As for his job performance, Harrison provided six annual evaluations, covering the 2005-2006 review period through the 2010-2011 review period.[1] (Pl.'s SOF, Ex. 2.) In each of the evaluations following his promotion to Lead/Lead, Harrison was rated either "Satisfactory" or "Highly Satisfactory" in all categories.[2] ( Id. ) Based on the record before us, Harrison appears to have been meeting IDOT's expectations, at least through June 30, 2011.[3]


The parties do not dispute that, on approximately March 22, 2010, Defendant Grunloh- IDOT's then-Chief of Staff-informed Harrison by phone that he was being reassigned out of ETP, over his objection. (Defs.' SOF ¶ 22; Pl.'s SOF ¶ 9.) Harrison was reassigned to work at the Kennedy Maintenance Yard ("the Yard"), where he remained for approximately six months. IDOT ultimately moved Harrison back to ETP, after his repeated requests. (Defs.' Resp. to Pl.'s SOF ¶ 11.) While these basic facts are agreed, the parties dispute the circumstances giving rise to Harrison's transfer, the scope of his duties at the Yard, and the consequences of the move.

A. Circumstances Surrounding Harrison's Reassignment

In early 2010, IDOT "was aware that personnel issues existed at ETP." (Defs.' SOF ¶ 10.) IDOT does not identify what events lead it to this conclusion. Harrison, however, states that in January 2010 he informed Marie Malek-Robinson-IDOT's Employee Assistance Program Manager-that he heard that other ETP employees had circulated a petition seeking his removal. (Harrison Decl. ¶ 16.)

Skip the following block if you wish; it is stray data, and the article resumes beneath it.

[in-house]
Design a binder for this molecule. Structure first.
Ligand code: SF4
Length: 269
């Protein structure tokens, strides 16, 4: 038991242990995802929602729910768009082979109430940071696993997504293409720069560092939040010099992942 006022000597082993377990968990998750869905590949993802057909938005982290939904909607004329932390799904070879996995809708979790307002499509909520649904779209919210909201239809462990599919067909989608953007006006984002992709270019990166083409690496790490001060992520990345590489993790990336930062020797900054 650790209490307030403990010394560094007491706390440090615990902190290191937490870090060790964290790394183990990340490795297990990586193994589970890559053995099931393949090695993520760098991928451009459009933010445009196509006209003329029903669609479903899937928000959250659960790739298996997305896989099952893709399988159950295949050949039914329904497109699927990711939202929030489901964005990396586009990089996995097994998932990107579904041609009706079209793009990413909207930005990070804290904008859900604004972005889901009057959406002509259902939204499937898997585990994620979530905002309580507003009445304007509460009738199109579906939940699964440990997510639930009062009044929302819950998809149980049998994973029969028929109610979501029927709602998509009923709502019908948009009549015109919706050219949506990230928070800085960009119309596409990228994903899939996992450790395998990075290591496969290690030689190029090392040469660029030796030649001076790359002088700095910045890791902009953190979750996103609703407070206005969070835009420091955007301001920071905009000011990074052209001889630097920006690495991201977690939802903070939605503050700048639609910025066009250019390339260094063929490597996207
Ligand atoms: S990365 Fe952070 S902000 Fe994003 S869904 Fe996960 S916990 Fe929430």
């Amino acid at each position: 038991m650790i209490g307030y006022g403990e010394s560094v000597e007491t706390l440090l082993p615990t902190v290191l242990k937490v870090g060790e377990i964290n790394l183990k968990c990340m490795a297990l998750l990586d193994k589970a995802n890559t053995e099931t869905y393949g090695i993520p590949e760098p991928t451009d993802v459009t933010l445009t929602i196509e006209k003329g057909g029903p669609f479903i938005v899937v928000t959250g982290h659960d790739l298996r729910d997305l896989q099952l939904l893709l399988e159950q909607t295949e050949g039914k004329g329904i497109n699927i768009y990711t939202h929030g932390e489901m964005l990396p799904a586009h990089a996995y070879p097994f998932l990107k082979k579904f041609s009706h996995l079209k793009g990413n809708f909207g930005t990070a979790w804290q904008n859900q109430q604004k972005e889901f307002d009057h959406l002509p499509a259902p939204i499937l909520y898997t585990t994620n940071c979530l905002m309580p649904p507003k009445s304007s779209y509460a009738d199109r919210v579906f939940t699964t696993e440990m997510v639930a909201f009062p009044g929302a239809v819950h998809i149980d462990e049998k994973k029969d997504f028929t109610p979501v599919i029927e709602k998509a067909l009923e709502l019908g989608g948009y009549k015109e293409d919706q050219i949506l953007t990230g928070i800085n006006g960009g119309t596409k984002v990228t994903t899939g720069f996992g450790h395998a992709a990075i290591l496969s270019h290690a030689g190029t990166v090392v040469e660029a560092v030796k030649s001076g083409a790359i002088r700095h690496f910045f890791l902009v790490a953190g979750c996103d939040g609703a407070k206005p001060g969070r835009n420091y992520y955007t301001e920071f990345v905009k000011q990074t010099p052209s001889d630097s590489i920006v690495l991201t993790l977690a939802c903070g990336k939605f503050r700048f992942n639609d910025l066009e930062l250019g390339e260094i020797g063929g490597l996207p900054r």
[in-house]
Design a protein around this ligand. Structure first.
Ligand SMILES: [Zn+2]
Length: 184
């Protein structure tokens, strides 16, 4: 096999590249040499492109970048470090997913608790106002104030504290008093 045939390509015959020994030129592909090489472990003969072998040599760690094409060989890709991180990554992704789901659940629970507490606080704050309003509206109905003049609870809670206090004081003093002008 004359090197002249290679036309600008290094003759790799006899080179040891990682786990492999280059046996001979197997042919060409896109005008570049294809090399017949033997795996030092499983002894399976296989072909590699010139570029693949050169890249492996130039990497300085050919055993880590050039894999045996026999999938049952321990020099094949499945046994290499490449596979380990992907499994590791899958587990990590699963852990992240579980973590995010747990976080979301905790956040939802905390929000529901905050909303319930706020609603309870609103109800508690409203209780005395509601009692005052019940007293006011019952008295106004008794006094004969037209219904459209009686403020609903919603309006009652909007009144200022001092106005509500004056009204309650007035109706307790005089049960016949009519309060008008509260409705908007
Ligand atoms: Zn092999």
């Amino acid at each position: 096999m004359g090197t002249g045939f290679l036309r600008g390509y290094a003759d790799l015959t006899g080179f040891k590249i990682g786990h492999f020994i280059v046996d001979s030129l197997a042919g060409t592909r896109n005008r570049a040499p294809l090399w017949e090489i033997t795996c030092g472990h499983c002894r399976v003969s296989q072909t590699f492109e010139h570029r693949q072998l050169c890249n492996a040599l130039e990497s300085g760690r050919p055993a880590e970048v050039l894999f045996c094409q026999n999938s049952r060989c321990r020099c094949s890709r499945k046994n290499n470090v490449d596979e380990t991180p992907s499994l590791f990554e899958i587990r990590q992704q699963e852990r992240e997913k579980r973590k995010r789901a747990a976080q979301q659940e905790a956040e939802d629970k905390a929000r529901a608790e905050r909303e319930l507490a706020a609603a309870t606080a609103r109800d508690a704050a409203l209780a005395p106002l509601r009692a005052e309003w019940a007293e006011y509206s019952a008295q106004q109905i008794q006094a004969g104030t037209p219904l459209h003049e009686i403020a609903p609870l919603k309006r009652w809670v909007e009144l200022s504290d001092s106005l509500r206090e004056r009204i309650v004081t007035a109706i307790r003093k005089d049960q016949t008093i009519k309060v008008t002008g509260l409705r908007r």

1. Malek-Robinson's Investigation

Whatever the cause, IDOT instructed Malek-Robinson to conduct an investigation, called an Employee Dynamics and Outcomes Assessment, to determine the sources of discord at ETP. (Defs.' SOF ¶ 11.) For her investigation, Malek-Robinson interviewed ETP employees and essentially asked what they liked and disliked about their jobs.[4] (Defs.' SOF ¶ 13.) According to Defendants, though disputed by Harrison, Malek-Robinson received more than 90 negative comments about Harrison, more than any other employee mentioned. ( Id. ¶ 14.) The interviewed, anonymous employees also gave negative feedback about Anthony DiIacova and Bob Duda, both white managers at ETP who were senior to Harrison. ( Id. ¶¶ 14, 19-20.) Malek-Robinson prepared a report incorporating ETP employee comments, dated March 4, 2010. ( Id. ¶ 17; see id., Ex. G (8/1/13 Decl. of Marie Malek-Robinson) ¶¶ 17-20 & Ex. 1 attached thereto.)

IDOT asserts that, based on Malek-Robinson's report, it decided to move Harrison, DiIacova, and Duda out of ETP. (Defs.' SOF ¶ 19.) The record shows that IDOT permanently transferred DiIacova and Duda to other positions.[5] (Defs.' SOF ¶ 19; Defs.' SOF, Ex. H (11/14/13 Decl. of Steve Travia) ¶¶ 4-8; see Harrison Decl. ¶ 25.)

On February 5, 2010, Harrison filed an internal complaint against Malek-Robinson.[6] ( See Malek-Robinson Decl. ¶ 23; Defs.' SOF, Ex. N (2/5/10 Harrison Internal Discr./Harassment Compl.).) Harrison complained that he was forced to speak with Malek-Robinson without representation and without understanding the purpose of her investigation. (Defs.' SOF, Ex. N.) He alleged that this questioning constituted ongoing harassment on the basis of his race, as well as retaliation. ( Id. ) Malek-Robinson has stated that she did not know about Harrison's internal complaint when she performed her assessment. (Malek-Robinson Decl. ¶ 23.)

2. The Hate-Based Threat